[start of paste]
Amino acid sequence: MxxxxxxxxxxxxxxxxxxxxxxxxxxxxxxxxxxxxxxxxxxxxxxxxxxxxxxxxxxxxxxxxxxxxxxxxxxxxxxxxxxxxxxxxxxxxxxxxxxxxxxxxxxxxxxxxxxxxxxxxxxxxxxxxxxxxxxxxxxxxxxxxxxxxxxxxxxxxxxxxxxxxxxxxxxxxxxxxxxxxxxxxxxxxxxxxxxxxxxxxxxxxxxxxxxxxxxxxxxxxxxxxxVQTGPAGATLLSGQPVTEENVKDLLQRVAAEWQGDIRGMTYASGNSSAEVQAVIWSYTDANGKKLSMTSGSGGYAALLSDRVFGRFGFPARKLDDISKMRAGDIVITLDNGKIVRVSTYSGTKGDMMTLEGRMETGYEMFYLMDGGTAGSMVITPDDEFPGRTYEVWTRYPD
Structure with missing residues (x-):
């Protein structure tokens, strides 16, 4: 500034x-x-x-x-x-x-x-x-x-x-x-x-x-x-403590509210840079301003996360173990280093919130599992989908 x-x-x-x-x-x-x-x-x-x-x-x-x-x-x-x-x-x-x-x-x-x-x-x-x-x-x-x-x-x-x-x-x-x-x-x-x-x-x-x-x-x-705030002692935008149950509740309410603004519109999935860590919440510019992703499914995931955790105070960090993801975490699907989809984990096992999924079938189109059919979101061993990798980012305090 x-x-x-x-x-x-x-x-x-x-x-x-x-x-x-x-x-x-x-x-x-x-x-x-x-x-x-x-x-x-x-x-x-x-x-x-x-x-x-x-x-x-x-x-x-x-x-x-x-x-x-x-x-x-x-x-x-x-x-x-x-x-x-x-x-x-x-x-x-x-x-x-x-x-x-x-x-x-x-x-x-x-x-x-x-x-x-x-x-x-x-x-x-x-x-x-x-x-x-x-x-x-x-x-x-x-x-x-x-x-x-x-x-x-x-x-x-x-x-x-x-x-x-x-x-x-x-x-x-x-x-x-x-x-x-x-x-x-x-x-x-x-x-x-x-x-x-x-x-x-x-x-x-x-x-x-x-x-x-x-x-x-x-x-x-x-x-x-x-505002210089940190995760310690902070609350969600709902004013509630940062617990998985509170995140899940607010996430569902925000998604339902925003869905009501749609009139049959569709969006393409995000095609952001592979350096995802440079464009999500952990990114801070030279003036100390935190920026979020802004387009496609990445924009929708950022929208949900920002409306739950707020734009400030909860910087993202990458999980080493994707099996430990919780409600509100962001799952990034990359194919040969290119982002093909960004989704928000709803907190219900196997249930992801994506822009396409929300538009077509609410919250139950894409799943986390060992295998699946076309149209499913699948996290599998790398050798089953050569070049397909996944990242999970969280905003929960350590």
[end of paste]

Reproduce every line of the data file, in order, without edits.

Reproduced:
Amino acid sequence: MxxxxxxxxxxxxxxxxxxxxxxxxxxxxxxxxxxxxxxxxxxxxxxxxxxxxxxxxxxxxxxxxxxxxxxxxxxxxxxxxxxxxxxxxxxxxxxxxxxxxxxxxxxxxxxxxxxxxxxxxxxxxxxxxxxxxxxxxxxxxxxxxxxxxxxxxxxxxxxxxxxxxxxxxxxxxxxxxxxxxxxxxxxxxxxxxxxxxxxxxxxxxxxxxxxxxxxxxxxxxxxxxxVQTGPAGATLLSGQPVTEENVKDLLQRVAAEWQGDIRGMTYASGNSSAEVQAVIWSYTDANGKKLSMTSGSGGYAALLSDRVFGRFGFPARKLDDISKMRAGDIVITLDNGKIVRVSTYSGTKGDMMTLEGRMETGYEMFYLMDGGTAGSMVITPDDEFPGRTYEVWTRYPD
Structure with missing residues (x-):
């Protein structure tokens, strides 16, 4: 500034x-x-x-x-x-x-x-x-x-x-x-x-x-x-403590509210840079301003996360173990280093919130599992989908 x-x-x-x-x-x-x-x-x-x-x-x-x-x-x-x-x-x-x-x-x-x-x-x-x-x-x-x-x-x-x-x-x-x-x-x-x-x-x-x-x-x-705030002692935008149950509740309410603004519109999935860590919440510019992703499914995931955790105070960090993801975490699907989809984990096992999924079938189109059919979101061993990798980012305090 x-x-x-x-x-x-x-x-x-x-x-x-x-x-x-x-x-x-x-x-x-x-x-x-x-x-x-x-x-x-x-x-x-x-x-x-x-x-x-x-x-x-x-x-x-x-x-x-x-x-x-x-x-x-x-x-x-x-x-x-x-x-x-x-x-x-x-x-x-x-x-x-x-x-x-x-x-x-x-x-x-x-x-x-x-x-x-x-x-x-x-x-x-x-x-x-x-x-x-x-x-x-x-x-x-x-x-x-x-x-x-x-x-x-x-x-x-x-x-x-x-x-x-x-x-x-x-x-x-x-x-x-x-x-x-x-x-x-x-x-x-x-x-x-x-x-x-x-x-x-x-x-x-x-x-x-x-x-x-x-x-x-x-x-x-x-x-x-x-505002210089940190995760310690902070609350969600709902004013509630940062617990998985509170995140899940607010996430569902925000998604339902925003869905009501749609009139049959569709969006393409995000095609952001592979350096995802440079464009999500952990990114801070030279003036100390935190920026979020802004387009496609990445924009929708950022929208949900920002409306739950707020734009400030909860910087993202990458999980080493994707099996430990919780409600509100962001799952990034990359194919040969290119982002093909960004989704928000709803907190219900196997249930992801994506822009396409929300538009077509609410919250139950894409799943986390060992295998699946076309149209499913699948996290599998790398050798089953050569070049397909996944990242999970969280905003929960350590």